George Owen Squier – Major General, United States Army


George Owen Squier was born in Dryden, Michigan, 21 March 1865 and graduated from the Military Academy in 1877. After first entering the Army as an artillery officer, Squier joined the Signal Corps, rising to Major by 1903. He commanded cable-ship Burnside during the laying of the Philippine cable from 1900 to 1902. He was appointed Chief Signal Officer of the Army 14 February 1917, and was promoted to Major General 6 October. He also served as Chief of the Army Air Service 1916 to 1918. General Squier was the author of numerous articles and papers on technical subjects, and is credited with several important inventions in the fields of radio and electronics. He took part in his later life in several international conferences on communications and attended the 1921 Washington Conference on Naval Limitations for the War Department. General Squier died 24 March l934.



George Owen Squier's career spanned the Spanish American War and World War I. Because of him, the two most important technological developments of his era, the airplane and the radio, became integral parts of America's military arsenal.

After completing only the eighth grade and working for two years, Squier entered West Point. Graduating seventh in his class in 1887, Squier went on to complete his Ph.D. at Johns Hopkins in 1893.

With a first-class education in electrical science, Squier was transferred to Fortress Monroe where he helped found the Artillery Journal and used photography and electromagnetism to measure the velocity of artillery shells. By 1897, Squier had
proven the military application of radio through experiments that, for example, fired cannons and detonated mines by remote control.

After a tour of duty on the cable ship Burnside in the Philippines during the Spanish American War era, Squier established the first Signal School at Fort Leavenworth in 1905.

His interest in aeronautics was evidence by its introduction into the school curriculum. That interest in aviation intensified when Squier came to Washington in 1907 as Assistant Chief Signal Officer. Upon his recommendation, the Aeronautical Division was formed. He not only wrote the specifications for the first military aircraft, but witnessed acceptance trails of the Army's first Wright Flyer.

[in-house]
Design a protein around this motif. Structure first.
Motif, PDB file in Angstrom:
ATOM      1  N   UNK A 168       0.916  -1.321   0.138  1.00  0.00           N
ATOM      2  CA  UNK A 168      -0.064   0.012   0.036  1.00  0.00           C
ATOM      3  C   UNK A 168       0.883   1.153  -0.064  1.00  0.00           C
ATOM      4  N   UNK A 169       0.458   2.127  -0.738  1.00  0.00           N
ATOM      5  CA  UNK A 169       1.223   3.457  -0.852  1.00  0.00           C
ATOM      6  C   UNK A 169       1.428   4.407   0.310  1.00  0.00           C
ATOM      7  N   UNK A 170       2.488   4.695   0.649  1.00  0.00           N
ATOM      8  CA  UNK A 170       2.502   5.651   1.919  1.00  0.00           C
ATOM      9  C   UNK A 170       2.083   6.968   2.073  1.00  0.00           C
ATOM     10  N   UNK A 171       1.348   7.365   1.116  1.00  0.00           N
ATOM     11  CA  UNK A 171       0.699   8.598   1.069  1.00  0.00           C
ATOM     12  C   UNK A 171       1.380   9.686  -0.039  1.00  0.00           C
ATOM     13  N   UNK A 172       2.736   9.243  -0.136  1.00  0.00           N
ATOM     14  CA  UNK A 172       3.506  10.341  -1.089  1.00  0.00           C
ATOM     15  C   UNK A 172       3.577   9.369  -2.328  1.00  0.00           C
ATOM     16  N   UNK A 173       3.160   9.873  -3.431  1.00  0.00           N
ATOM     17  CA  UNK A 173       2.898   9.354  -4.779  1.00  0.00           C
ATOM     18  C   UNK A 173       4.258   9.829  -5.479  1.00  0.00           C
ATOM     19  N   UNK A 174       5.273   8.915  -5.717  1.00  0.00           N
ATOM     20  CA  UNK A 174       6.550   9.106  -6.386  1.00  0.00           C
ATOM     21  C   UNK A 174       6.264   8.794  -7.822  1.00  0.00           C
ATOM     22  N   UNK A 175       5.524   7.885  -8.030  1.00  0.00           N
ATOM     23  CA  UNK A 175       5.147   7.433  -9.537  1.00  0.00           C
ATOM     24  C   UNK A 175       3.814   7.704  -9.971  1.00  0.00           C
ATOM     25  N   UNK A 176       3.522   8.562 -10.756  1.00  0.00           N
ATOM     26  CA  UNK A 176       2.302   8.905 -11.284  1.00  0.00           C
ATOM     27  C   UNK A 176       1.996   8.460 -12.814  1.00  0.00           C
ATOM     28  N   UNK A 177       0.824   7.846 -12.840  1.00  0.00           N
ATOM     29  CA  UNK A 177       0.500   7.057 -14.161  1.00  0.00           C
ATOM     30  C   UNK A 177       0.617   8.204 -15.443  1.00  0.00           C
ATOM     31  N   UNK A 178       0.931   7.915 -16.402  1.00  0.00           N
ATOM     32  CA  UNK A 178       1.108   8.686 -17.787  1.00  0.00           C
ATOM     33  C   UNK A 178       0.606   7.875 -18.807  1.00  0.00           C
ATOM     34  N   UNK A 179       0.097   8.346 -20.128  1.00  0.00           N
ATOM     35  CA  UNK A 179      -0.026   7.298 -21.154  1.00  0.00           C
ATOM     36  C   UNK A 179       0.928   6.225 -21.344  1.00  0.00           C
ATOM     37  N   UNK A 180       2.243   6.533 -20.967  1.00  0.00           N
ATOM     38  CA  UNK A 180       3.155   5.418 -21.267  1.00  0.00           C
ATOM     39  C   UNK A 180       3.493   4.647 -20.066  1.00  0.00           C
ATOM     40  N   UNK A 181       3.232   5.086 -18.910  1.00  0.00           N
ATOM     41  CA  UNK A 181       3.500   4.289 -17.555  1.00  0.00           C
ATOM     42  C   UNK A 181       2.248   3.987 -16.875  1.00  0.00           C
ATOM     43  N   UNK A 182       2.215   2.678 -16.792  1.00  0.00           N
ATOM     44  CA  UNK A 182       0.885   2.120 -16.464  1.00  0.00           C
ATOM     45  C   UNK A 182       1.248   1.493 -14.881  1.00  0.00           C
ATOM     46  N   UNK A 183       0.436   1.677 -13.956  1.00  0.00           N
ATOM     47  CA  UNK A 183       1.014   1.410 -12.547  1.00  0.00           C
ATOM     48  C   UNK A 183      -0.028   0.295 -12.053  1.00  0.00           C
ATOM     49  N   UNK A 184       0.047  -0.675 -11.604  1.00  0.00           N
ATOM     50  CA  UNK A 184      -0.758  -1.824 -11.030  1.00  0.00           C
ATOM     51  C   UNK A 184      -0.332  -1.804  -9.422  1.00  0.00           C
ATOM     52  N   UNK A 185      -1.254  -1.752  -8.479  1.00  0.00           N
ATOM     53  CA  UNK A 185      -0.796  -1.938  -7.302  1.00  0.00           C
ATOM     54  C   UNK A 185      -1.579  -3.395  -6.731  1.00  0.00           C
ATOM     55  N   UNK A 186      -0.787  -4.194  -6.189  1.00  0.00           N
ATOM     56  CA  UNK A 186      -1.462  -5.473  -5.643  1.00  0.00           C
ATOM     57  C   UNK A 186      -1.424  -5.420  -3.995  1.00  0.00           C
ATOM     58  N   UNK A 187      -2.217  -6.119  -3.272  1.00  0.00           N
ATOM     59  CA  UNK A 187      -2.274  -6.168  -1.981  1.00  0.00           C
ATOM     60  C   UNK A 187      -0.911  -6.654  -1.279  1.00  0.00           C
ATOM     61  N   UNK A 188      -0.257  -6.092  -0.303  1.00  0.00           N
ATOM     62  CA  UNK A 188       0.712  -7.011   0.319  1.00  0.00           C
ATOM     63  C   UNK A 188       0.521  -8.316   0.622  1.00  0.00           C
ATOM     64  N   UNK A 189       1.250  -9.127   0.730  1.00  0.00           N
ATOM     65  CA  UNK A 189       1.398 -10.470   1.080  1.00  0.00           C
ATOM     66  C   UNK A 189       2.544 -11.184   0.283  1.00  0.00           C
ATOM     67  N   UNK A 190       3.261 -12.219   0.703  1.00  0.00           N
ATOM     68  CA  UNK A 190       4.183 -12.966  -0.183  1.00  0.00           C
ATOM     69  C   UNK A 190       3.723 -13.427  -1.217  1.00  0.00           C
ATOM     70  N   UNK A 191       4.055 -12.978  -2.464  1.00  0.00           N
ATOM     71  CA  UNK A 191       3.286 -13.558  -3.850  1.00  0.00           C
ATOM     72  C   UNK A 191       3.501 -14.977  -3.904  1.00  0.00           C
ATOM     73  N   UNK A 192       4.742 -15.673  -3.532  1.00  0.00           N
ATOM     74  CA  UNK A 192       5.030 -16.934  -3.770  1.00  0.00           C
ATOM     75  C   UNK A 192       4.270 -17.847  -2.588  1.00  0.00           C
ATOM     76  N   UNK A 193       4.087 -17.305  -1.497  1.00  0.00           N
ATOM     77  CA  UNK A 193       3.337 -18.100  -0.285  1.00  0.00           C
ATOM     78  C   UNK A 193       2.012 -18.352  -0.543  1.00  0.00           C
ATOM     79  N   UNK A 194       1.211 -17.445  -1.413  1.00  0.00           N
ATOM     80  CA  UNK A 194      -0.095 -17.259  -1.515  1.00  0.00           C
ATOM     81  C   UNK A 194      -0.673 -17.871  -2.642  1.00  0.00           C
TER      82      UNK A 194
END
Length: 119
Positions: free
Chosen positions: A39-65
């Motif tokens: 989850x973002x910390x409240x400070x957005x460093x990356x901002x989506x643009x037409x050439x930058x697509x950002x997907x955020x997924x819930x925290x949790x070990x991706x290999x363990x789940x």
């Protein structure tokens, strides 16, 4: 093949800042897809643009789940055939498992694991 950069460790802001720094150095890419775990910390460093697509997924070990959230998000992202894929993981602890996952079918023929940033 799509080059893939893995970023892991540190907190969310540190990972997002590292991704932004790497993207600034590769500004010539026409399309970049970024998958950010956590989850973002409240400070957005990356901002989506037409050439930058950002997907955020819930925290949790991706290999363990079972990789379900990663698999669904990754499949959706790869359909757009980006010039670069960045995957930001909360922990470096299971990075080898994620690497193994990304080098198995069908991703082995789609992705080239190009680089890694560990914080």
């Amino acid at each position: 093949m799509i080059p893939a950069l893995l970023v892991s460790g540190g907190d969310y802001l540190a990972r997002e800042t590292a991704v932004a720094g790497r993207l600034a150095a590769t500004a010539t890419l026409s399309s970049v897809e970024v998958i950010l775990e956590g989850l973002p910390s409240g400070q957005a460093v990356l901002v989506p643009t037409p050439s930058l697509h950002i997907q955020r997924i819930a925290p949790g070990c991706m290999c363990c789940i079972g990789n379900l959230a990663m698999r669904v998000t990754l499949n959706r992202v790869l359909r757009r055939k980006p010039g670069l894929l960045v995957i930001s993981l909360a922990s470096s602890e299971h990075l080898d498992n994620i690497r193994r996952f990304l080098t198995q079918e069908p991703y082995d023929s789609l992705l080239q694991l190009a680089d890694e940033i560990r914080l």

Squier's interest in radio never faltered. During 1909 and 1910, he applied for four patents in multiplex telephony, whereby, several verbal messages could be transmitted and received over a single wire, the basis for modern communications systems.

As Chief Signal Officer during World War I, Squier was responsible not only for radio, but also was charged with the entire aviation and communications mission of the United States Army. During the war, Squier succeeded in opening two great Army  laboratories one at Fort Monmouth for radio and another at Langley Field, Virginia, for aviation. Squier can be credited with the Army's institutionalization of scientific research and development for military purposes.

Courtesy of the National Academy of Science:

George Owen Squier (1865-1934), was still Chief Signal Officer in the U.S. Army when he was elected to the National Academy of Science in 1919. His invention in 1910 of “multiplexing” allowed telephone wires to carry multiple messages for the first time; the carrier frequency principle involved was later adapted to other types of transmission, including FM radio. After graduation from West Point in 1887, Squier received his Ph.D. from ohns Hopkins University in 1893, making him perhaps the first member of the Army's officer corps to hold that degree. Assigned to the Army Signal Corps after serving in the Spanish-American War, he worked on improving the Army's wireless telegraphy and telephony. In 1908 he became the first passenger to fly in an airplane, and subsequently helped set up the Air Service, forerunner of today's US Air Force, within the Army's Signal Corps. His 1917 address to the National Research Council on military aviation problems was a virtual blueprint for the work the Research Council eventually performed in that area. Shortly before his retirement in 1924, Squier turned his attention to a new application of the transmission technologies he helped to develop: piped-in music. His idea led to the establishment in 1922 of the music service Wired Radio, which is much better known by its present name, given it by Squier shortly before his death: Muzak.


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